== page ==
Current Research at Boston University
I am currently working with Professor Phil Muirhead on characterizing low-mass M dwarf stars using high resolution IR spectra. M dwarfs are the most abundant stars in the Galaxy, yet their fundamental parameters are still not well constrained. I am specifically interested in the well-known problem of inflated radii of M dwarfs (e.g., Torres & Ribas 2002). We have developed a novel way to test for inflated radii using single (non-binary) M dwarfs with known rotation periods (MEarth: Newton et al. 2016) in combination with projected rotational velocities (v sin i) to extract a distribution of radii modulated by the sin of the inclination. I am using the Immersion Grating Infrared Spectrograph (IGRINS) instrument on the Discovery Channel Telescope (DCT) to obtain v sin i measurements of over 100 mid-to-late M dwarfs. Below are two M dwarf spectra centered around the CO bands taken using IGRINS at the DCT; one is a rapidly rotating star (period less than a day) and the other a slowly rotating star (period ~ 80 days). The rapidly rotating star beautifully demonstrates how rotational broadening changes the depth and shape of absorption lines.
Previously at BU I worked with Andrew West, also on stellar characterization. I created an empirical template library for the full range of spectral types (O through L), luminosity classes (dwarf and giant) and metallicity bins (-2.0 to +0.5 dex) by co-adding individual stellar spectra from the Sloan Digital Sky Survey’s Baryon Oscillation Spectroscopic Survey (BOSS). This work was recently published in the Astrophysical Journal Supplements (ApJS paper). Accompanying the empirical template library we released PyHammer, which automatically (and/or visually) determines the spectral type and metallicity of any optical stellar spectrum (screenshot of the GUI, used for the optional visual classification, shown below). Click here to go to our github page.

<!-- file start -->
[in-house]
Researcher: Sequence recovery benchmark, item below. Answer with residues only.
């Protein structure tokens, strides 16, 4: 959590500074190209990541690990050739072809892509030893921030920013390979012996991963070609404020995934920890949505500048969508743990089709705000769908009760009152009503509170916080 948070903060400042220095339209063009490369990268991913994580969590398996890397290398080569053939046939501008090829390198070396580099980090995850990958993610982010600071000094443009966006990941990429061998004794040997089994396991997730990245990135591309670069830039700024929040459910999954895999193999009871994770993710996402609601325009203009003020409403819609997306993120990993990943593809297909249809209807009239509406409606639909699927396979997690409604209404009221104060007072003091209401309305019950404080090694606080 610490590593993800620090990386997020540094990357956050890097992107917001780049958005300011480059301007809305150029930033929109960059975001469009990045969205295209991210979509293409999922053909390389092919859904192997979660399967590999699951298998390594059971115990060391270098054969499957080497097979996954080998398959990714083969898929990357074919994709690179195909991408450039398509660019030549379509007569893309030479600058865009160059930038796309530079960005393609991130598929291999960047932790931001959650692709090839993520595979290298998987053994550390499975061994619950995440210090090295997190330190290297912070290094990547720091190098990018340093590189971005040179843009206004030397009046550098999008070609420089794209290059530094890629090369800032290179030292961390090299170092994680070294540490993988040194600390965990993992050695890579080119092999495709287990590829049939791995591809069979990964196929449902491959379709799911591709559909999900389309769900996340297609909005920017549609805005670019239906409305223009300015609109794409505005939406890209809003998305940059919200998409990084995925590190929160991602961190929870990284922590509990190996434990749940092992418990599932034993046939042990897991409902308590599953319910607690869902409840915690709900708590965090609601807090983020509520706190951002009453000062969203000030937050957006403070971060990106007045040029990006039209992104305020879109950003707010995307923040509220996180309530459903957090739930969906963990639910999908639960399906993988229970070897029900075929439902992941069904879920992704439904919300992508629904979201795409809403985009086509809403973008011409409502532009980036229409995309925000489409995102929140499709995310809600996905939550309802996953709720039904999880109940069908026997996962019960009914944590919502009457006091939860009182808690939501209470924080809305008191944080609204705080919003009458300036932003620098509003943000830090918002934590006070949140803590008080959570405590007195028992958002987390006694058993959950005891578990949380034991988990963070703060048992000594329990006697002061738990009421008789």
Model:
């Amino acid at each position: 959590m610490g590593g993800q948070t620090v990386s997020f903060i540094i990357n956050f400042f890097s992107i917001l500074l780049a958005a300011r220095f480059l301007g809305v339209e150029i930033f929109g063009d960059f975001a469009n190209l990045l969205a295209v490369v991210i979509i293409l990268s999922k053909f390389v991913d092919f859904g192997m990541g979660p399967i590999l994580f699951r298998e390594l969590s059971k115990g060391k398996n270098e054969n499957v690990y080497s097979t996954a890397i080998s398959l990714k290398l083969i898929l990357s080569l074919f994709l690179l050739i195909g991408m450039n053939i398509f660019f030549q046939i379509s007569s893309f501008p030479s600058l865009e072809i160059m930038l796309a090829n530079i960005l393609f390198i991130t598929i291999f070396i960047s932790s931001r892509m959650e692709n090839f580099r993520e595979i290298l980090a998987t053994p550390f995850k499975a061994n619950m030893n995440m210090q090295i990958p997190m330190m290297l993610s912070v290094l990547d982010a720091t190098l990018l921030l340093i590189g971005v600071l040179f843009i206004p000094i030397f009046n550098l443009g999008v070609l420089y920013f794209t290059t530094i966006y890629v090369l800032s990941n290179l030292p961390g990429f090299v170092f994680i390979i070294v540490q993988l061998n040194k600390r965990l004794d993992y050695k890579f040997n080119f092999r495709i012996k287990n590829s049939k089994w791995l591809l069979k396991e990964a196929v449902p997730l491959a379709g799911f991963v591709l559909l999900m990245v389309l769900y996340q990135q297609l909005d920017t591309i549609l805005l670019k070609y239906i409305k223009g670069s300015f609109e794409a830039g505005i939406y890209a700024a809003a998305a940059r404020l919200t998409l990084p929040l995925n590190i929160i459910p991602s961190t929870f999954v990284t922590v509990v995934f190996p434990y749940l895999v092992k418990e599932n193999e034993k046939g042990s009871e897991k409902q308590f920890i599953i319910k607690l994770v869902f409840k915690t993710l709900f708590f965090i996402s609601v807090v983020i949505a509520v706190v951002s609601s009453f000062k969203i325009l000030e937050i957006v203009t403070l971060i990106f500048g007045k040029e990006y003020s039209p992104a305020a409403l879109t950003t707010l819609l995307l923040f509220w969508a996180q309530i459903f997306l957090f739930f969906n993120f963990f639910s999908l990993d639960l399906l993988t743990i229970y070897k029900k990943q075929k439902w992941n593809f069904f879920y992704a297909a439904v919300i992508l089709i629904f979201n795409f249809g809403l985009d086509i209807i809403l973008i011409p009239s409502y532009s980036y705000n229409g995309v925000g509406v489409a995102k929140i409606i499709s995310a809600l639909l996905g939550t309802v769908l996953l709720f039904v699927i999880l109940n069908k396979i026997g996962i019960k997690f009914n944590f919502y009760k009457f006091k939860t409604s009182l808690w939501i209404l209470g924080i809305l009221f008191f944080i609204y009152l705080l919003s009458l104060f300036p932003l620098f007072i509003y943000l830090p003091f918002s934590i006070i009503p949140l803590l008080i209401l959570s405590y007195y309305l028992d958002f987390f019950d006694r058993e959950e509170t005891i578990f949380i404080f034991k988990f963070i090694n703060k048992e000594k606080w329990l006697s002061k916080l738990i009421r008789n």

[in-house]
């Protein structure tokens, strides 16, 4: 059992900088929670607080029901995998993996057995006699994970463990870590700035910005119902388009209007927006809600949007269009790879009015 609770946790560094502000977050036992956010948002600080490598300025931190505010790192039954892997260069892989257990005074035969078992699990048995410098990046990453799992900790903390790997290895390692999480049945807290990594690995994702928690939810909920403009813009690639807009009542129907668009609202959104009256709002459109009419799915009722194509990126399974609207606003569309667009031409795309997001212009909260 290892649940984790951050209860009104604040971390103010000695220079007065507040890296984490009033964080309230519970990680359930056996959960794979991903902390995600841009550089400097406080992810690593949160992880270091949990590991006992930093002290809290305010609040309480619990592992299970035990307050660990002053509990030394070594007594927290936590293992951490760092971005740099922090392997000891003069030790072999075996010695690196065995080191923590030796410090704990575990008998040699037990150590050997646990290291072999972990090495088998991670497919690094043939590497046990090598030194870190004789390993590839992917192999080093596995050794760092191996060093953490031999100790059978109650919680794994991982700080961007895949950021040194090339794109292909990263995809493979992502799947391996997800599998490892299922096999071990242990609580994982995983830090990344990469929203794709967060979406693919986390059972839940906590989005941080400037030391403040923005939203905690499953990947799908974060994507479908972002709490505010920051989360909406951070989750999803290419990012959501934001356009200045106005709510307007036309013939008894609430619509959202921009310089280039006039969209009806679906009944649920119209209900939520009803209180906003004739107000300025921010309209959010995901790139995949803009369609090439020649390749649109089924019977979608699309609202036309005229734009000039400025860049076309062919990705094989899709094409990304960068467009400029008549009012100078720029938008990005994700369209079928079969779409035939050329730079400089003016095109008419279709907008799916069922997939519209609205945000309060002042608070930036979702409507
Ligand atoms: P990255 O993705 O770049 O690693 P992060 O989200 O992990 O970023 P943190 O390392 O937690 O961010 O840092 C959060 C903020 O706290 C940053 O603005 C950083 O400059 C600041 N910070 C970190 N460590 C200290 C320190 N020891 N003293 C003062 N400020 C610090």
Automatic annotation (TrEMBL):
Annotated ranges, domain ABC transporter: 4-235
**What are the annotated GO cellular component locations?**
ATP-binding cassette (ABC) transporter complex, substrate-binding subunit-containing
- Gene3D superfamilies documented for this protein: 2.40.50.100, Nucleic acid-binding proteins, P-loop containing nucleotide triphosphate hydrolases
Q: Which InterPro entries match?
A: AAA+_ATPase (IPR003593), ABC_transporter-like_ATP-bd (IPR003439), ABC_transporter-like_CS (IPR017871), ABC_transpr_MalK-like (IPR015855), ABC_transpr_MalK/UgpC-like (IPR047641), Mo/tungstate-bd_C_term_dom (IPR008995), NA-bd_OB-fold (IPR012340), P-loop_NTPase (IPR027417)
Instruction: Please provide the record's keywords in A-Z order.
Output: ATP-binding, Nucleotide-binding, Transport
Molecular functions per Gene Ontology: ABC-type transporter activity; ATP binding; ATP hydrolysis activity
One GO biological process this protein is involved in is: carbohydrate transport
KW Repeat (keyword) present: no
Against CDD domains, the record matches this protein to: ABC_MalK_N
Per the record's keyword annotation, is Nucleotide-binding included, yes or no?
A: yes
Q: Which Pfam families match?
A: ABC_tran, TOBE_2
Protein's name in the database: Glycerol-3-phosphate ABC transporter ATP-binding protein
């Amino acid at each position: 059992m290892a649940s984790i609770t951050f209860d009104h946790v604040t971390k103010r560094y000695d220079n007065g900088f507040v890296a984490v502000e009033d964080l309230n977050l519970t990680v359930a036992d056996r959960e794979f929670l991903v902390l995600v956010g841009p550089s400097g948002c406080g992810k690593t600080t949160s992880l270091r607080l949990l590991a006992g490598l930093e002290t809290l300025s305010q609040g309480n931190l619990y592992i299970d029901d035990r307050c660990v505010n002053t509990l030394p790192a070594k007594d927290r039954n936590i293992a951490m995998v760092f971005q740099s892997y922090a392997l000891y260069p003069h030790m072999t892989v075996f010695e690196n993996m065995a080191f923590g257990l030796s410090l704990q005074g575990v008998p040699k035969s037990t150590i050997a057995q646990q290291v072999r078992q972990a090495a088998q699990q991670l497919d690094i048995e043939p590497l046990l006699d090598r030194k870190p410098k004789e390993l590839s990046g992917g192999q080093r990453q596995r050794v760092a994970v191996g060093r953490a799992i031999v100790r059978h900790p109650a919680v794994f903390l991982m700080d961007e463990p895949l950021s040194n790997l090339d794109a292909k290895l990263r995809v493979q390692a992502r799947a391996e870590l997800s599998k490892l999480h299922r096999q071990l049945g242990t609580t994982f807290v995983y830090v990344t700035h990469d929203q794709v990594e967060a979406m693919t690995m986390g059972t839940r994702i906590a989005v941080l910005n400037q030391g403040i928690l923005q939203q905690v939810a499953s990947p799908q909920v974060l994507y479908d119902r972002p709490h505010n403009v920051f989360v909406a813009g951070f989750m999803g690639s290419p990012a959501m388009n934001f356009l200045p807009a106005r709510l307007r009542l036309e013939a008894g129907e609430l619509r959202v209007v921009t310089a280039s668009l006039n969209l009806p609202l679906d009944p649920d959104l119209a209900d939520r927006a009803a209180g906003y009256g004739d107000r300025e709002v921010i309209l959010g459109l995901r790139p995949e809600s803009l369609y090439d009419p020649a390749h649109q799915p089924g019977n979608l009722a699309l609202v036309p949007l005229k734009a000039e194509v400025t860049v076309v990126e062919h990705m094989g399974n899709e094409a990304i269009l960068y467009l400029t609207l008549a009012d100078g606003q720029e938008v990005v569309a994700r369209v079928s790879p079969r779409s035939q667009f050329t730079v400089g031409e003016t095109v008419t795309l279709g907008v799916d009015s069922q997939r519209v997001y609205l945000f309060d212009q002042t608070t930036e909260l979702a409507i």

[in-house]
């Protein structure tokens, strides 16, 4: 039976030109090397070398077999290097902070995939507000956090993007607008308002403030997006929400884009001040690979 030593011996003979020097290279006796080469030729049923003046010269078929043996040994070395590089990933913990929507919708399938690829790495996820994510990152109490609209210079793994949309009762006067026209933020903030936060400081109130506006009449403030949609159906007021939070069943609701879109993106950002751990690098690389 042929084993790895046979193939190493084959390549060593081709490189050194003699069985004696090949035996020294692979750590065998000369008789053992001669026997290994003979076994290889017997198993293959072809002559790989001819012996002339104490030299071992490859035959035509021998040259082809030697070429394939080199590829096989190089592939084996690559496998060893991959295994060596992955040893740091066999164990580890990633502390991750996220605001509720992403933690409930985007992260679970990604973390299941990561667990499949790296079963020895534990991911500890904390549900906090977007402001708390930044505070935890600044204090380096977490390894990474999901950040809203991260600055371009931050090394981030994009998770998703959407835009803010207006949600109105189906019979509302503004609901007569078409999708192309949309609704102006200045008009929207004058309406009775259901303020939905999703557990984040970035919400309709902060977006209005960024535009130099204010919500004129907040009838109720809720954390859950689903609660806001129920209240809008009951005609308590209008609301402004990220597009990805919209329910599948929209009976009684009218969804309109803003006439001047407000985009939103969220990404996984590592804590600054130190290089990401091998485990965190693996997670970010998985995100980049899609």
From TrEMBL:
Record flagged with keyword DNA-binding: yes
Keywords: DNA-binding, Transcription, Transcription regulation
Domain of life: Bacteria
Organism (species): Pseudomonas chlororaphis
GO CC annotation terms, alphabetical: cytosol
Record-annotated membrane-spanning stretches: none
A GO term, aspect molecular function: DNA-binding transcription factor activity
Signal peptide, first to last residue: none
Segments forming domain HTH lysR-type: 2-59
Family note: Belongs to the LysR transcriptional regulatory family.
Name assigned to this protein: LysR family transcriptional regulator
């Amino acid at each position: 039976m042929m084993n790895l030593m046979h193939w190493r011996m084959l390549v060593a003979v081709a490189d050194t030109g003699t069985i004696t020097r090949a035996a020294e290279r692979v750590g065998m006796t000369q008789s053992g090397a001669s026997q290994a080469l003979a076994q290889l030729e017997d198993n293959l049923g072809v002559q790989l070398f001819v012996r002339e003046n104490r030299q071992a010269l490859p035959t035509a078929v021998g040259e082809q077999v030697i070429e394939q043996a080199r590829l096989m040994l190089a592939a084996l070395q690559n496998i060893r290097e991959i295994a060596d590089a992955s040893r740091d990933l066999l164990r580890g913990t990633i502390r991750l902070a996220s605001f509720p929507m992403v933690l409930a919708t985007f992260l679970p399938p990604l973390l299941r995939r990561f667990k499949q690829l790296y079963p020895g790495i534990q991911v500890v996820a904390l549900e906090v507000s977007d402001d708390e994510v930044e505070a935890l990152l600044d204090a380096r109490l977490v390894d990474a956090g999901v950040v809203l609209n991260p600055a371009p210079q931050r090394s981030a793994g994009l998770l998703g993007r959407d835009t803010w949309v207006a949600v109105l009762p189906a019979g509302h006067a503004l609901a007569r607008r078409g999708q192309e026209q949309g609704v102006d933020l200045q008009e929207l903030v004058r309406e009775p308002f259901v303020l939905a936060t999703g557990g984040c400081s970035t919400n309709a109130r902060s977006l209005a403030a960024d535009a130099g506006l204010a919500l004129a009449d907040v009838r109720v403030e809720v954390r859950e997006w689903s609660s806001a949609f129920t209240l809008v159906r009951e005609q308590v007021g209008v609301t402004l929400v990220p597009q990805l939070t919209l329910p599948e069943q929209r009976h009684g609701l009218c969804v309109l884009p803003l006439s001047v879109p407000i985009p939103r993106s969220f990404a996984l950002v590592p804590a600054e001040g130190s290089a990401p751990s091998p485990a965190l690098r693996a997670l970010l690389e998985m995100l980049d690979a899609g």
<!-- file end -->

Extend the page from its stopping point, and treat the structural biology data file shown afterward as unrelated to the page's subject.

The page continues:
1.) While at Colby College I worked on massive highly redshifted galaxies, with Elizabeth McGrath. We were attempting to morphologically classify the galaxies, to determine if there was a pattern in the abundance of disk dominated galaxies with redshift. I classified 140 galaxies from the CANDELS survey. We concluded that there seemed to be more disk dominated massive galaxies in the past than there are in the present day universe. Below are two examples of the highly redshifted galaxies I was looking at.
My thesis, entitled “Massive Quiescent Disk Galaxies in the CANDELS Survey” is available for download here: http://digitalcommons.colby.edu/honorstheses/707/
2.) I participated in an REU (Research Experience for Undergraduates) program at the University of Wisconsin in Madison. There I worked with Barbara Whitney, modeling variability young stellar objects. I used her radiative transfer code to model disks, warps in disks, hotspots, and spiral arms to try to match our models to observational data.